Friday morning coffee hour returned this past month, after an 18-month hiatus. The coffee aroma once again drifts through the front lobby on Friday mornings, and the rotating lab treats make breakfast worth the wait. Now more than ever, we appreciate the Ecology building’s courtyard as a space to gather to share ideas and catch up with colleagues. We also welcome seeing each other in-person after last year’s long stretches of working from home and days filled with back-to-back zoom meetings. The courtyard has been a focal point of the Ecology Building since its completion in 1974. It’s a space we currently share with native plantings, Anolis lizards and introduced geckos that climb the bricks, and hummingbird visitors to the trumpet vine blooms. I especially love the stretches of cooler, sunny fall days that October brings to Georgia, which means more opportunities to gather outdoors, and the energizing sight of students, staff, and research teams meeting in the courtyard.
The past 2 years brought big changes to the area on the east side of the Ecology Building. The former EcoShed was demolished in early 2019, to make way for the new Interdisciplinary STEM Research Building. Phase I of this $65 million project is scheduled to open next month, and provides research and collaborative space for faculty and graduate students in chemistry and engineering. Ecology building occupants experienced intermittent disturbances throughout this process, such as when crews blasted through layers of bedrock to create the 3-story underground parking deck. In the final construction phases this month, there has been a big push to complete the new driveway and sidewalks, landscaping, and other finishing touches. The project delivered a new and improved loading dock to the Ecology building, and nicer views looking out from the back side of our building. In addition to offering four stories (and 100,000 square feet) of laboratory and support space for more than 30 faculty in chemistry and engineering, we hope this project will provide easier foot travel between Ecology and the Georgia Museum of Natural History, and foster opportunities for interaction with our colleagues from other units on campus.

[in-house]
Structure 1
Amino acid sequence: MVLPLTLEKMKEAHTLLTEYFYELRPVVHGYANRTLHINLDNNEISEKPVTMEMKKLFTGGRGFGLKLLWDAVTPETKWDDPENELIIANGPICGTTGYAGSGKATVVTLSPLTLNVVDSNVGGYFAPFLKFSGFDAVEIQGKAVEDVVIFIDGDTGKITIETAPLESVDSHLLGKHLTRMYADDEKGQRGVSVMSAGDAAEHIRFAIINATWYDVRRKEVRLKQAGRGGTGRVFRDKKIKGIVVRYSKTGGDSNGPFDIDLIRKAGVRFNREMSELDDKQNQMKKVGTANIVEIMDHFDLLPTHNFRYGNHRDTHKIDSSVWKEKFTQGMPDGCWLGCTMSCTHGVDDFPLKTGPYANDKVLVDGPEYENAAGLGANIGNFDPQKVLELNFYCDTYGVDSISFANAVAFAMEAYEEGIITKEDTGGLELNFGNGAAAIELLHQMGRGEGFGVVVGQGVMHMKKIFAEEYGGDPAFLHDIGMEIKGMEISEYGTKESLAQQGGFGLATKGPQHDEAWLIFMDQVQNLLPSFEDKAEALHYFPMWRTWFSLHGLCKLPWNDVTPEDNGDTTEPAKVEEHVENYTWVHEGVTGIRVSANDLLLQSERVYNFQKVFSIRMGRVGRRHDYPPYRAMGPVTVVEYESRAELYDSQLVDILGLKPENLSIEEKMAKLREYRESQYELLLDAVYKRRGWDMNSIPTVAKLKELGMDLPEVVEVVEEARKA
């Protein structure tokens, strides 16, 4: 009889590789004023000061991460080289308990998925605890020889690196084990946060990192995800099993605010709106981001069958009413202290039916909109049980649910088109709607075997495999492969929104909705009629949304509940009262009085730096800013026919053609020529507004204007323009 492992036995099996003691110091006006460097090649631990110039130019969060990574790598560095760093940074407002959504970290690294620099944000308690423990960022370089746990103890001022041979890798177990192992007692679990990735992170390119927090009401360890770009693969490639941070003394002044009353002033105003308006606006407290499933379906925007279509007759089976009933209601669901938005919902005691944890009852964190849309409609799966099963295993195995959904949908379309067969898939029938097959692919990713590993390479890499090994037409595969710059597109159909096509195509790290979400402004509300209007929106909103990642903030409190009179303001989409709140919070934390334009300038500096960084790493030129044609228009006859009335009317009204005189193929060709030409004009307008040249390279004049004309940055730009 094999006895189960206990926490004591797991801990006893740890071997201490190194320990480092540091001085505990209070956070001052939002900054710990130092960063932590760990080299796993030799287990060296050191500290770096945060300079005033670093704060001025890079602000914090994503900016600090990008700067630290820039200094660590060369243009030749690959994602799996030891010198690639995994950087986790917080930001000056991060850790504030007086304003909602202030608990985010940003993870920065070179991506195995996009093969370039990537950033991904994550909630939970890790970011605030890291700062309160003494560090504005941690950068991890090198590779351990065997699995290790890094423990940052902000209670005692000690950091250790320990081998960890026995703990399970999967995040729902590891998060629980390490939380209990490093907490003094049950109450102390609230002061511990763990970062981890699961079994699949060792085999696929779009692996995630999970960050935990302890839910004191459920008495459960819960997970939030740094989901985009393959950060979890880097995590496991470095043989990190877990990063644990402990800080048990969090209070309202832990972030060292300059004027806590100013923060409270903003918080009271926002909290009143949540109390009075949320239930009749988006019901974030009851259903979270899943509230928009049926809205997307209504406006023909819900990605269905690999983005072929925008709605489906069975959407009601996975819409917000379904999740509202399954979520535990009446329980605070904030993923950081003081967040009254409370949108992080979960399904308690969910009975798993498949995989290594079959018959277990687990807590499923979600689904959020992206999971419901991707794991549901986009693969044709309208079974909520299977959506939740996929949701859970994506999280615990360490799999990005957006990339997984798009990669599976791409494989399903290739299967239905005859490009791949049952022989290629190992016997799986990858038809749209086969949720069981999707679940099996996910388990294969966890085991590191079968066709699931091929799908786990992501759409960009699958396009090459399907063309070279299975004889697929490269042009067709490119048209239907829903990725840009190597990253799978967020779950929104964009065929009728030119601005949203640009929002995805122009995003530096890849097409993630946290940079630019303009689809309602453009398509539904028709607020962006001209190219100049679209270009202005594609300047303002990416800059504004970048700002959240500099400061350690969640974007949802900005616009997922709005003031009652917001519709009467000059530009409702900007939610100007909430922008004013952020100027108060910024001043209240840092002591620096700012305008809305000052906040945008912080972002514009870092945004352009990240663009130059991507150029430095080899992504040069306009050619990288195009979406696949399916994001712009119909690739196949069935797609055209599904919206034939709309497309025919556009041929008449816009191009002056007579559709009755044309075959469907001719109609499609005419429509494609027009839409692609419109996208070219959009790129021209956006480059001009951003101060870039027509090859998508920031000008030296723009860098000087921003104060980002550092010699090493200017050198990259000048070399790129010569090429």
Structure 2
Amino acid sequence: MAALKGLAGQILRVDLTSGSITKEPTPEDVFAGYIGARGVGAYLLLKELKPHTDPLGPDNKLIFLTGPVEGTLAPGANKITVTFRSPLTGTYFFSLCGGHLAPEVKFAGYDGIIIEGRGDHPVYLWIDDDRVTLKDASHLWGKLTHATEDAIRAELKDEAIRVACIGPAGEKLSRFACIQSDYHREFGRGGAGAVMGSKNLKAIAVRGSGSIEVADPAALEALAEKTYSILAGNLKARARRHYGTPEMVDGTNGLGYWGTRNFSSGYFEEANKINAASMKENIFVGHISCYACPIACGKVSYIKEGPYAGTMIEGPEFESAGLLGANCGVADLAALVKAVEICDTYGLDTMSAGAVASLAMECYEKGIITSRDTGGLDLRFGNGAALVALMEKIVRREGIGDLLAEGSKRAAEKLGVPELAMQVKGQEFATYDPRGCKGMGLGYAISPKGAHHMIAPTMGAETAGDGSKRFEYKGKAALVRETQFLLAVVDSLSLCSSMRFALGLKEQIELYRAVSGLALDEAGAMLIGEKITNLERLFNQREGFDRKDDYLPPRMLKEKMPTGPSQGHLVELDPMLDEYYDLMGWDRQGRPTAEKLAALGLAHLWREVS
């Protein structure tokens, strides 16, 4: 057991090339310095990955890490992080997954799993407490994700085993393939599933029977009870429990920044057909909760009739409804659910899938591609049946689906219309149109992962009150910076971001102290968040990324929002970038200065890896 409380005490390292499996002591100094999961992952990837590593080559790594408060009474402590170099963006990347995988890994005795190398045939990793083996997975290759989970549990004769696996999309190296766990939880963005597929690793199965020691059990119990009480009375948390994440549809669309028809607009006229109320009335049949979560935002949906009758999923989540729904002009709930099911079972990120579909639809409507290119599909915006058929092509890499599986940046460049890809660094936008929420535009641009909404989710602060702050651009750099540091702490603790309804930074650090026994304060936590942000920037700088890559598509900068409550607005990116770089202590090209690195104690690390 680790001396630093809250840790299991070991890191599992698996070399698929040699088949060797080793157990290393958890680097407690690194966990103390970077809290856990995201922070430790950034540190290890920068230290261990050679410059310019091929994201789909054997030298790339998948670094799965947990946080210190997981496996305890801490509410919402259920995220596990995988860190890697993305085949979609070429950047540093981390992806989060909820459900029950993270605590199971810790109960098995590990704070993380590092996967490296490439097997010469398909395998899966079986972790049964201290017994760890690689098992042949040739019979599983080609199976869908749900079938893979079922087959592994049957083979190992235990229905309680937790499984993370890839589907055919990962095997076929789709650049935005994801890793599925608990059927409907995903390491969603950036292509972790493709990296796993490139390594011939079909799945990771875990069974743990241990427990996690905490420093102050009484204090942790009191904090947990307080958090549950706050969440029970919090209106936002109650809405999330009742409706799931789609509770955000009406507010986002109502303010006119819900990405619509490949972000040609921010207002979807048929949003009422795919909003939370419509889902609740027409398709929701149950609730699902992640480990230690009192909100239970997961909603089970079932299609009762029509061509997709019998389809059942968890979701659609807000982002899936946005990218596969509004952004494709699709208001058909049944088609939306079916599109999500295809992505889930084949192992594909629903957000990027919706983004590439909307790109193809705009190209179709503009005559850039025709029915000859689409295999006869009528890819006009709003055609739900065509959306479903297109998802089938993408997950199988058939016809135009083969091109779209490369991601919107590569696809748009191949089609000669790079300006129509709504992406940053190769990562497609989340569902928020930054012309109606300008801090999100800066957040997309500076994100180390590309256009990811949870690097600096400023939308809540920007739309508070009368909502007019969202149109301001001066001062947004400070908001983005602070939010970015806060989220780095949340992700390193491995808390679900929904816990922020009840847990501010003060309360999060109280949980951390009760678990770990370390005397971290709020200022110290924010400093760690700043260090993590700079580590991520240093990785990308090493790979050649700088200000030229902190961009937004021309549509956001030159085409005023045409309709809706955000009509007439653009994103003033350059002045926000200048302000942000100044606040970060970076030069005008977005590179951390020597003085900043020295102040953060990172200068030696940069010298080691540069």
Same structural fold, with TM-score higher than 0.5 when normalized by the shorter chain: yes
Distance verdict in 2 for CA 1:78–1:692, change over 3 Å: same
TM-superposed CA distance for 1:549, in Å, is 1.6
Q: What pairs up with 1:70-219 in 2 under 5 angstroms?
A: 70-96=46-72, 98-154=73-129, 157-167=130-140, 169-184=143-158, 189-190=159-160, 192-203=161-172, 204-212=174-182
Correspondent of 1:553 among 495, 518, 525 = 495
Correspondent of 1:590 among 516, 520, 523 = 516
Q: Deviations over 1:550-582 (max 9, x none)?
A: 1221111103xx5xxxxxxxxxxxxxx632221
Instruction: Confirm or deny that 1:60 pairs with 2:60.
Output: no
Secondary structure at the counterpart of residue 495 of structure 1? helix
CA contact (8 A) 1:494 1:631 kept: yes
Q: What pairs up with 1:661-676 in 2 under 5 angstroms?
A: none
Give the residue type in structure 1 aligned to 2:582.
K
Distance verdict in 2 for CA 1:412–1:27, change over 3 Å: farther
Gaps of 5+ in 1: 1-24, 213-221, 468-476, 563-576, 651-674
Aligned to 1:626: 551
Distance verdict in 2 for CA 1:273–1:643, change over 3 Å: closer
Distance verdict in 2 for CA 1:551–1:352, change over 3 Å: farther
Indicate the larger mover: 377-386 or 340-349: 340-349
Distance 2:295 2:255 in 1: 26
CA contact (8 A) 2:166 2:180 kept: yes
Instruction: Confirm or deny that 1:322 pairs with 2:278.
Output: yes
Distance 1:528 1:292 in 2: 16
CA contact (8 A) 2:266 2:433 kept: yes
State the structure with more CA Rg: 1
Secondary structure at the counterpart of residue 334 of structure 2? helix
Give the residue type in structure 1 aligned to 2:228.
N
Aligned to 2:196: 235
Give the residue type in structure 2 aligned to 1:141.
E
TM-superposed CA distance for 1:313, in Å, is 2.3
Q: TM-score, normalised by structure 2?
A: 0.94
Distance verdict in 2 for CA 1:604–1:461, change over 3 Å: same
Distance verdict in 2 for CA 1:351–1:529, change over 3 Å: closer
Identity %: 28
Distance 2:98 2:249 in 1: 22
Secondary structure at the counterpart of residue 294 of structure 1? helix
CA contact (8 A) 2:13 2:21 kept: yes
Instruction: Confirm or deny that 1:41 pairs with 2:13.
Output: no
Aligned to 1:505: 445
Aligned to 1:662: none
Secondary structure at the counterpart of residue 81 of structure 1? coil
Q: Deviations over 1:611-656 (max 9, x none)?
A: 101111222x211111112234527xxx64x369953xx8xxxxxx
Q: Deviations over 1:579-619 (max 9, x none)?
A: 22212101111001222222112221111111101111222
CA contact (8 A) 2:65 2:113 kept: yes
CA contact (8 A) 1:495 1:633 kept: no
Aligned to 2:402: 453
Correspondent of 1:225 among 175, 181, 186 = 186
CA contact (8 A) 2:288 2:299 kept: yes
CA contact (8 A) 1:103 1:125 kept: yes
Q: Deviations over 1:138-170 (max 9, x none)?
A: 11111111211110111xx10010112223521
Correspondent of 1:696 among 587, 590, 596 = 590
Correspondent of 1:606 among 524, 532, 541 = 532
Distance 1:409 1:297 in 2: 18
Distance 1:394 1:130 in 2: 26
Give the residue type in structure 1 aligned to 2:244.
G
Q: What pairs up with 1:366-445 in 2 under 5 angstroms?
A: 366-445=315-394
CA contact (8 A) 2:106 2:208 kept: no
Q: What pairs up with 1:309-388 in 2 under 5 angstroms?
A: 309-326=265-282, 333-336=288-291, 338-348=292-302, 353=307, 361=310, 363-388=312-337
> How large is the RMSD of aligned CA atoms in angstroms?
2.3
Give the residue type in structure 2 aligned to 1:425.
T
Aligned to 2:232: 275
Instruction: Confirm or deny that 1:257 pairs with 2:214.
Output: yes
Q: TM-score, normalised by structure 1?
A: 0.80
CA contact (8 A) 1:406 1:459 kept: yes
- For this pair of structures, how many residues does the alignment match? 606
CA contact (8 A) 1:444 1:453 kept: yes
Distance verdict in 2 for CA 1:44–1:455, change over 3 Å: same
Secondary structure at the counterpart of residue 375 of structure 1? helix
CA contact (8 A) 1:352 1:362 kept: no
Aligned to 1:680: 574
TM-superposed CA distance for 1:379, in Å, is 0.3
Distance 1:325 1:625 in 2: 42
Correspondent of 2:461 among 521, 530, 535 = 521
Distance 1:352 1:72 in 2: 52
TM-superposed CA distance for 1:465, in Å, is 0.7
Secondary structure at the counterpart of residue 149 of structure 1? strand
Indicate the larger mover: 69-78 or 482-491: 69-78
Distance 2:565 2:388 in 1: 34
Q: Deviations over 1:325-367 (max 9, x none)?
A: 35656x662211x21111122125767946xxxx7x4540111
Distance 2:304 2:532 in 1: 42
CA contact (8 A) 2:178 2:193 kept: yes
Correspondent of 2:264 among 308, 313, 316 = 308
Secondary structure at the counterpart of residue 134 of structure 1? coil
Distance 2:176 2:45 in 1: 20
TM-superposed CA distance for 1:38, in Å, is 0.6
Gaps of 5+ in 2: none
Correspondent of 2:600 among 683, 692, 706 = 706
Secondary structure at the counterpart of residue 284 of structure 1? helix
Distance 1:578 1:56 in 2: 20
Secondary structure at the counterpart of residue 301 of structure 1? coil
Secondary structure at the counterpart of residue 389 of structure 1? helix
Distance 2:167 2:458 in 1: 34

The ongoing surge of the Covid-19 delta variant appears to have recently peaked across large parts of the US. Cases on campus and across the state of Georgia have now declined for the third week in a row. Like many of you, I’ve been watching the daily case counts during the past two months, first with apprehension, then grave concern, and now with a sense of cautious optimism. Even with the new projections of declining cases through March, and booster shots on the horizon, we’ll be dealing with the virus and its repercussions for some time to come. As Interim Dean, I recognize the weight of responsibility for student and community safety that’s fallen on the shoulders of our faculty, staff and students. Ecology will continue to provide a supply of masks, signage, and share UGA public service announcements to urge folks to mask up and vax up. Please reach out to us for help, resources, or to share your ideas and concerns.
The SARS-CoV-2 pandemic underscores that studying and managing the emergence and spread of infectious diseases is a pressing and complex global challenge. Understanding infection dynamics requires interdisciplinary approaches that bring together state-of-art computational methods with observational and experimental data. The Odum School of Ecology adds critically to UGA’s strength in infectious disease research and training. We offer courses in infectious disease dynamics at the undergraduate and graduate levels, and teach students how to explore epidemiological data and underlying processes using advanced computational methods. The Center for the Ecology of Infectious Diseases (one of two research centers in the Odum School, housed in the former electronics shop building next door to Ecology) is one of the nation’s leading centers for infectious disease research, and sponsors scientific working groups on topics ranging from Pathogen Spillover to Coronavirus Dynamics. Over the next 2 years, Ecology will team with 3 other colleges on campus to recruit 8 new faculty colleagues in the area of artificial intelligence, data science and the dynamics of infectious diseases, as part of a university-wide Presidential Interdisciplinary Cluster Hire Initiative. Every month, research teams led by Odum School faculty, postdocs and students are publishing new discoveries on pathogen spread and emergence, such as an exciting new analysis of the top 100 zoonotic disease outbreaks spearheaded by CEID members. We know that as humans impact the planet and its natural systems, infectious diseases will continue to emerge, and our unit is committed to offering the best science and training to tackle current and future challenges.